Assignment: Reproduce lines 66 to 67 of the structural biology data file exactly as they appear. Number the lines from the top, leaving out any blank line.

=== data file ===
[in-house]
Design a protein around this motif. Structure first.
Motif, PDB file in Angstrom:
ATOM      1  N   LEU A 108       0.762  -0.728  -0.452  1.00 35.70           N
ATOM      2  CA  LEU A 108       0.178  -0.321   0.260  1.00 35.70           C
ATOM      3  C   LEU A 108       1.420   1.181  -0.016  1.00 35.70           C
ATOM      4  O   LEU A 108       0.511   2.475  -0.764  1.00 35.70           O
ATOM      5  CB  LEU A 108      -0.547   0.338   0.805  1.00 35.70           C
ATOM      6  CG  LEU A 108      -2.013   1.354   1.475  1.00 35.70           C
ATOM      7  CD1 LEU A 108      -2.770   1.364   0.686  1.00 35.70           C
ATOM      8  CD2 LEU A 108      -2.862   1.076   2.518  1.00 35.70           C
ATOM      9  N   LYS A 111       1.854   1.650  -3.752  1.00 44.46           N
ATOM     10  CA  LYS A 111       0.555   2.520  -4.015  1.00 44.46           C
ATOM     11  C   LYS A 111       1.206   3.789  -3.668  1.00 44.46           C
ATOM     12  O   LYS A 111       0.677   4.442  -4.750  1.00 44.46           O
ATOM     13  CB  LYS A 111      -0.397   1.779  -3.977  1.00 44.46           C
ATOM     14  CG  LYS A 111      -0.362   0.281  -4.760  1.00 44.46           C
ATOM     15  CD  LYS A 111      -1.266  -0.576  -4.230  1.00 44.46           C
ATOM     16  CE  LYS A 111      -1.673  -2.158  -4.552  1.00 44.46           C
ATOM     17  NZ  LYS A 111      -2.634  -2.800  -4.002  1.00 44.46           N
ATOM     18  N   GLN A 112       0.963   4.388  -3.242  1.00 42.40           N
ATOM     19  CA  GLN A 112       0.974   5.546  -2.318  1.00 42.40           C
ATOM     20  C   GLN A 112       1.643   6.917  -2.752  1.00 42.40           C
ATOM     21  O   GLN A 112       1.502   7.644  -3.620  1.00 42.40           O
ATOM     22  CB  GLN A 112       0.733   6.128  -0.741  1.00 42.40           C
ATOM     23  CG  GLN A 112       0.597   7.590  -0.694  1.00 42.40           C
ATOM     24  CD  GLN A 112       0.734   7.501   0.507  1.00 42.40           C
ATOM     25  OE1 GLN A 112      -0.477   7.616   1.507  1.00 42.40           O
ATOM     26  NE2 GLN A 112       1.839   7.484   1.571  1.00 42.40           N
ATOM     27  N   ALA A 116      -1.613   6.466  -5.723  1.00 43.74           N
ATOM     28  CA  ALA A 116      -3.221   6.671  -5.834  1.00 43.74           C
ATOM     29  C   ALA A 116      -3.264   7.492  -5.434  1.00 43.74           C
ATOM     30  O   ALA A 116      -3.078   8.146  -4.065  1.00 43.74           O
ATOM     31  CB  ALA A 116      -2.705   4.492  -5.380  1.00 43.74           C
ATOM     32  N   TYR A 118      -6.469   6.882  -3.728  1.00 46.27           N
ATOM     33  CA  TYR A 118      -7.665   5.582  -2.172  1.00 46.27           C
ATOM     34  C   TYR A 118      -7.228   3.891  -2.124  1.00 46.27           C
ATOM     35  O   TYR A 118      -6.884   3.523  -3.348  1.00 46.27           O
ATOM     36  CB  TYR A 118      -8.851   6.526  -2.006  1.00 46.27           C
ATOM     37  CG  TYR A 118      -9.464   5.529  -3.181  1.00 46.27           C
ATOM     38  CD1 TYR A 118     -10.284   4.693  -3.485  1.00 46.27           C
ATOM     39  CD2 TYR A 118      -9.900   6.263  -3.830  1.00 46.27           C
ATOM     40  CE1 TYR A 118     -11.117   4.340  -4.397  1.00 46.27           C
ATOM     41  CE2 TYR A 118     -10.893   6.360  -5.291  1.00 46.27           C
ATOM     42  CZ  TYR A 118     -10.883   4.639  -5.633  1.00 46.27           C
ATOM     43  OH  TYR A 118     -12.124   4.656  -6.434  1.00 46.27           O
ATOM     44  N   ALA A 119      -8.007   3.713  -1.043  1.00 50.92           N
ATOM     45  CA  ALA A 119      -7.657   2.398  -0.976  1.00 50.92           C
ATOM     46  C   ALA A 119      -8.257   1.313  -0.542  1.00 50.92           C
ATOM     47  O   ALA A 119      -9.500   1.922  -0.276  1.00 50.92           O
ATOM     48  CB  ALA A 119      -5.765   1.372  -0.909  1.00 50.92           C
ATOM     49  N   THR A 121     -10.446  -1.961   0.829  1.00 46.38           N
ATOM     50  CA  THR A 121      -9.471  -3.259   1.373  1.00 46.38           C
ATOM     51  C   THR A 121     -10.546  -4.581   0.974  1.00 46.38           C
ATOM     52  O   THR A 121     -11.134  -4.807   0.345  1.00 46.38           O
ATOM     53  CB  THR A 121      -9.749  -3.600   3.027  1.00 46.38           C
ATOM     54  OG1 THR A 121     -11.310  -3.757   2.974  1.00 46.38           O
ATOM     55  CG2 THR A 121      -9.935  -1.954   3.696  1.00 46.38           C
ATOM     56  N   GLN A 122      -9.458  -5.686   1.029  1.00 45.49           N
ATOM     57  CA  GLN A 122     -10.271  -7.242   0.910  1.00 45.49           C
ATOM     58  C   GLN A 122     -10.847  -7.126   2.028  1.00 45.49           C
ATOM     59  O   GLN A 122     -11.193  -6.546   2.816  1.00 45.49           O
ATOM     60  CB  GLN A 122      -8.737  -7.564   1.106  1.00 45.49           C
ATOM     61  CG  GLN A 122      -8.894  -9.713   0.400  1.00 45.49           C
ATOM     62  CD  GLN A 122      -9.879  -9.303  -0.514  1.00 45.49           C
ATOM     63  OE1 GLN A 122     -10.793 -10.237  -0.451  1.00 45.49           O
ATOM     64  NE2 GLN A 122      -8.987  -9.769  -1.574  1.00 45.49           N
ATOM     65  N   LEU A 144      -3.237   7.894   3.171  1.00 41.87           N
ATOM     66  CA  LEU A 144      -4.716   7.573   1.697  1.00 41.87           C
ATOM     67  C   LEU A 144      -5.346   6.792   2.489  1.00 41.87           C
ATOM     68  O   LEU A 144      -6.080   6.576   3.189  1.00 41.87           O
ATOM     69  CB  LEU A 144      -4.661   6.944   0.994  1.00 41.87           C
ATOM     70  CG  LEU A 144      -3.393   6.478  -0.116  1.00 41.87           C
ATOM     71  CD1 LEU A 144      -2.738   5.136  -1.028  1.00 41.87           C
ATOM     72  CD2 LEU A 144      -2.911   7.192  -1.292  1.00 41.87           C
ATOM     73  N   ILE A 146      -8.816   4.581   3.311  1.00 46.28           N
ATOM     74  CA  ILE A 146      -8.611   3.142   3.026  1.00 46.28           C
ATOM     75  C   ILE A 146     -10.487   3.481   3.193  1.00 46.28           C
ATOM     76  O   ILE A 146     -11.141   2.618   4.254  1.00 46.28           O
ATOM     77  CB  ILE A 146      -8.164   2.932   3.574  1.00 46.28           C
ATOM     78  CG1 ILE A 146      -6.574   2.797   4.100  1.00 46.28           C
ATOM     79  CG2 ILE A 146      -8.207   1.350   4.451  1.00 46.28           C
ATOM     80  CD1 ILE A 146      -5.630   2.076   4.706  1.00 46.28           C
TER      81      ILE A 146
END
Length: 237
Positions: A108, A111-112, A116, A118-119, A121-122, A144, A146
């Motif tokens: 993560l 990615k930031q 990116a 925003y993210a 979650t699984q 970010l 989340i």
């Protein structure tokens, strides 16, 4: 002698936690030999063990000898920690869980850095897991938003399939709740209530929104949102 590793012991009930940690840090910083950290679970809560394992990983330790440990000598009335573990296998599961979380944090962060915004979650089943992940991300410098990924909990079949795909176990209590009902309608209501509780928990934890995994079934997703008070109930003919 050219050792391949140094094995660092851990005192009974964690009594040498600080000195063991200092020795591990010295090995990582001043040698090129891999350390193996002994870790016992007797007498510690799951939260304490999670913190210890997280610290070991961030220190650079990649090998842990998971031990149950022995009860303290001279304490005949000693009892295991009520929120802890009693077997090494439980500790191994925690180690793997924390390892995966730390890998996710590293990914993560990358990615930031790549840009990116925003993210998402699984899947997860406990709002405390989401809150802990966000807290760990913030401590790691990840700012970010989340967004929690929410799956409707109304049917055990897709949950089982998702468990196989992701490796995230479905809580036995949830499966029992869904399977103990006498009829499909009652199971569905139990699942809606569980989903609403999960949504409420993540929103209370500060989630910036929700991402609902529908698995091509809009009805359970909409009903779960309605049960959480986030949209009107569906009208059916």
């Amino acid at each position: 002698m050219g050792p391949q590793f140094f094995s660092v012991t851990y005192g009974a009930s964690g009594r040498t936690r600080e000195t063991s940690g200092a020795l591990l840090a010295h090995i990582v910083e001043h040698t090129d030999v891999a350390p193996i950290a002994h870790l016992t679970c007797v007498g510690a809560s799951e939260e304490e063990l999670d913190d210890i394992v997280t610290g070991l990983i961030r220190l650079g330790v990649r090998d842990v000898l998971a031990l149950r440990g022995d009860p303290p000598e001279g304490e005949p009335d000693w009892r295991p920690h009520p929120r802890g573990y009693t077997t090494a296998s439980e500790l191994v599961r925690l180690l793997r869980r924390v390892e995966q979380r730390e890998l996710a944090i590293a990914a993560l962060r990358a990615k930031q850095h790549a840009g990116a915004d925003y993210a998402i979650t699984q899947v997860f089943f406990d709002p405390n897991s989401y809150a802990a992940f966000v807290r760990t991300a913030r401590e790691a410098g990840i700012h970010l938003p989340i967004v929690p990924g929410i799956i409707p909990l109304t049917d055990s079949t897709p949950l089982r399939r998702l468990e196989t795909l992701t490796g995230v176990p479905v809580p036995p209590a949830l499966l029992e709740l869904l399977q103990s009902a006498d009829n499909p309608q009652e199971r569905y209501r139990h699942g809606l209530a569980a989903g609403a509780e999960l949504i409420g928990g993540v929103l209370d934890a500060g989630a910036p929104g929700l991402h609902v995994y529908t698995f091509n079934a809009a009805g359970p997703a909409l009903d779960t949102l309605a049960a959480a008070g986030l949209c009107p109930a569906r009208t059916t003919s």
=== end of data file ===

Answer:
ATOM     63  OE1 GLN A 122     -10.793 -10.237  -0.451  1.00 45.49           O
ATOM     64  NE2 GLN A 122      -8.987  -9.769  -1.574  1.00 45.49           N